The various groups took further steps to increase the number of their supporters. They went door-to-door, recruiting even more people not aware of the cause.

As a result, people started arriving from all parts of the country, standing outside the Capital building. The numbers kept growing. After one week they had reached their goal, and the number kept increasing. These people included students, professors, parents and numerous other people supportive of their cause. Dan spoke for the group saying: “We will not leave until they reduce the interest rate on our loans to .75 percent, make it retroactive, and not go after us for forbearing on our loans. I want an Amnesty.” Businesses and organizations sympathetic to the cause brought in food, water, tents and blankets for the protesters. People started donating money to the website so that the protesters could buy the necessary supplies. Donations came in from all over the world. Many participants in the Arab Spring of 2011 gave money.

Technology played a huge role. The protesters photographed and videotaped their activities and carefully followed the activities of the police. Any police misconduct was immediately transmitted to the main website, along with individual Facebook and Twitter accounts. The American Civil Liberties Union and the National Lawyers Guild brought in legal observers. Jon Stewart and Stephen Colbert gave thorough attention to the protests. The 500,000 and growing population of protestors brought in attention from foreign news providers. Al Jazeera, the BBC, and ITN extensively covered the protests. To bring further attention to the matter, Dan and Elizabeth setup the website so that every time someone signed up with the course online-either directly through the website or else through a social website such Facebook-every member of Congress received an email.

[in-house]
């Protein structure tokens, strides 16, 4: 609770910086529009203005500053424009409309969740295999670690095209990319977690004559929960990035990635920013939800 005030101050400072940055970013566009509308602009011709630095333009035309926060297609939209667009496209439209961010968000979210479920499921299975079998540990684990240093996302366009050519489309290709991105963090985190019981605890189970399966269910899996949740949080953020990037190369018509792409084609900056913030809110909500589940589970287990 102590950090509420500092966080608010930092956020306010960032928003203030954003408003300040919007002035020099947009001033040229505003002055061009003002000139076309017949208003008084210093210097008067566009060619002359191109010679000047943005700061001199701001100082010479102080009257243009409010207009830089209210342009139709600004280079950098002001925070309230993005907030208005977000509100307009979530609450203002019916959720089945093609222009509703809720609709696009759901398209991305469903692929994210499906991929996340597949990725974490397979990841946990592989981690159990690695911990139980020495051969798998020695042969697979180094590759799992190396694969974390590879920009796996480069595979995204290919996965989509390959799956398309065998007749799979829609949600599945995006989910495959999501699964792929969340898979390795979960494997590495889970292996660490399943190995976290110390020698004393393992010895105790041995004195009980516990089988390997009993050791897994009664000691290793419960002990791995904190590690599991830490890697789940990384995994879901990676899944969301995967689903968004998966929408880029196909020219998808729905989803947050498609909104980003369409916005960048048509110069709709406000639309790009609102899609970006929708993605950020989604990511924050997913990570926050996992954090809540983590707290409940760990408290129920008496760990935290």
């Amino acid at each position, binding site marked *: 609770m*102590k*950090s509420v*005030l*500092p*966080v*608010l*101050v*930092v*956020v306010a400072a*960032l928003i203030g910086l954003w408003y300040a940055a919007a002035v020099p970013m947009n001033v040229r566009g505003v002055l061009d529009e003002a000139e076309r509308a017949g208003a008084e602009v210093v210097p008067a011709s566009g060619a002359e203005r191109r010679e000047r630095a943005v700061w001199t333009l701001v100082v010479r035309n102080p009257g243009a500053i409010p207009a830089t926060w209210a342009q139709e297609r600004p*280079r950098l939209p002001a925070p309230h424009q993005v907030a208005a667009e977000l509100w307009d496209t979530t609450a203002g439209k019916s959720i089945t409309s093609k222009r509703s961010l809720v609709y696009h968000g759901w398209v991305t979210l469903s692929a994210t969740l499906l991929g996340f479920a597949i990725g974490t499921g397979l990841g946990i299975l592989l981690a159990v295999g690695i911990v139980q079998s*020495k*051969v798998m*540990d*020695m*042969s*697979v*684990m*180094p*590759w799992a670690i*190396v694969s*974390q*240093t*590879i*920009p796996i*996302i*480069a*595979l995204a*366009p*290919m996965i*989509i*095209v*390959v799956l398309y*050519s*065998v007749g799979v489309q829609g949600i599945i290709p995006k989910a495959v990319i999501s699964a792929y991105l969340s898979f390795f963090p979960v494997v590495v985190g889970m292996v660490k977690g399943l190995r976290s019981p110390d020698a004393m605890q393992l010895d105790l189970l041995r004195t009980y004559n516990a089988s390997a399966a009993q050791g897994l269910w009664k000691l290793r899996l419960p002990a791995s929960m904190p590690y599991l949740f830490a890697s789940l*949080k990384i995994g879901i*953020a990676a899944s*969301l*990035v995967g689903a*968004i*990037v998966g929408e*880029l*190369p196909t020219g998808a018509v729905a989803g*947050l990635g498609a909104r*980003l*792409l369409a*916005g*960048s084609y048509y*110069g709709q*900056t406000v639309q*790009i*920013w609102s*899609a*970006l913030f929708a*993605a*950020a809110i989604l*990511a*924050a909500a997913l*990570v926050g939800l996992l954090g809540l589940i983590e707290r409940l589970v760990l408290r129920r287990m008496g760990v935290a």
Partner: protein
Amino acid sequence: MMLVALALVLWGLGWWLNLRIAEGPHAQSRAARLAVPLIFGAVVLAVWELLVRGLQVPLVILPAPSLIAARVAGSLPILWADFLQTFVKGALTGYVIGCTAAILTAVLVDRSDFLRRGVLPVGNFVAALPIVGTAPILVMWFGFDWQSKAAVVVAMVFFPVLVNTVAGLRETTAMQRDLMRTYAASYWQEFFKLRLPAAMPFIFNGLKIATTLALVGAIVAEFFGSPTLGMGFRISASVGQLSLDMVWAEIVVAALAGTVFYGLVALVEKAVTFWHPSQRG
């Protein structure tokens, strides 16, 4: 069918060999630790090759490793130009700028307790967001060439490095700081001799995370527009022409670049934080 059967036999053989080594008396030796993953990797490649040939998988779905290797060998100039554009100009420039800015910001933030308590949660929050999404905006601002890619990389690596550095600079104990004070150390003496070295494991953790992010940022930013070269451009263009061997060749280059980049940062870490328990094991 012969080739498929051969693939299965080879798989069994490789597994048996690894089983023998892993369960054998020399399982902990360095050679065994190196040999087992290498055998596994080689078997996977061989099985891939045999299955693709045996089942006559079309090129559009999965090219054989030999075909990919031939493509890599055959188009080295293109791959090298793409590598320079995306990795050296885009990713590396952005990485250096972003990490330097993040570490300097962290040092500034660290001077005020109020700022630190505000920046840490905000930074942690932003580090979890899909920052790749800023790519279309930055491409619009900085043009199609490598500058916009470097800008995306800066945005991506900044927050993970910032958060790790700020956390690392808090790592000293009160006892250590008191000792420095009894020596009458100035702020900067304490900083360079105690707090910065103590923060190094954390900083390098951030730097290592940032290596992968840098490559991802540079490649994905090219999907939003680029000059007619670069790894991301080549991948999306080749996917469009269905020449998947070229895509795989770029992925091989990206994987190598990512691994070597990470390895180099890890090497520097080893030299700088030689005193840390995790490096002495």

To ensure that world-wide sympathy for the protesters continued, Dan and Elizabeth demanded that the protests remain peaceful. The disobedience would have to remain civil. Anyone who became violent would be immediately sent home. Protesters were to go limp when the police tried to remove them, but they would not fight even if they were physically attacked.

Washington DC police tried to disperse the demonstrators, saying the demonstrators did not have permits. They also said that the demonstrators were interfering with business in Washington, because people could not travel to where they going. There were too many protesters in the way. The police then talked about how the demonstrators interfered with the tourism industry by blocking citizens from viewing public landmarks in Washington D.C. Finally, the police said they did not have officers to protect and supervise the protesters and that it was too costly.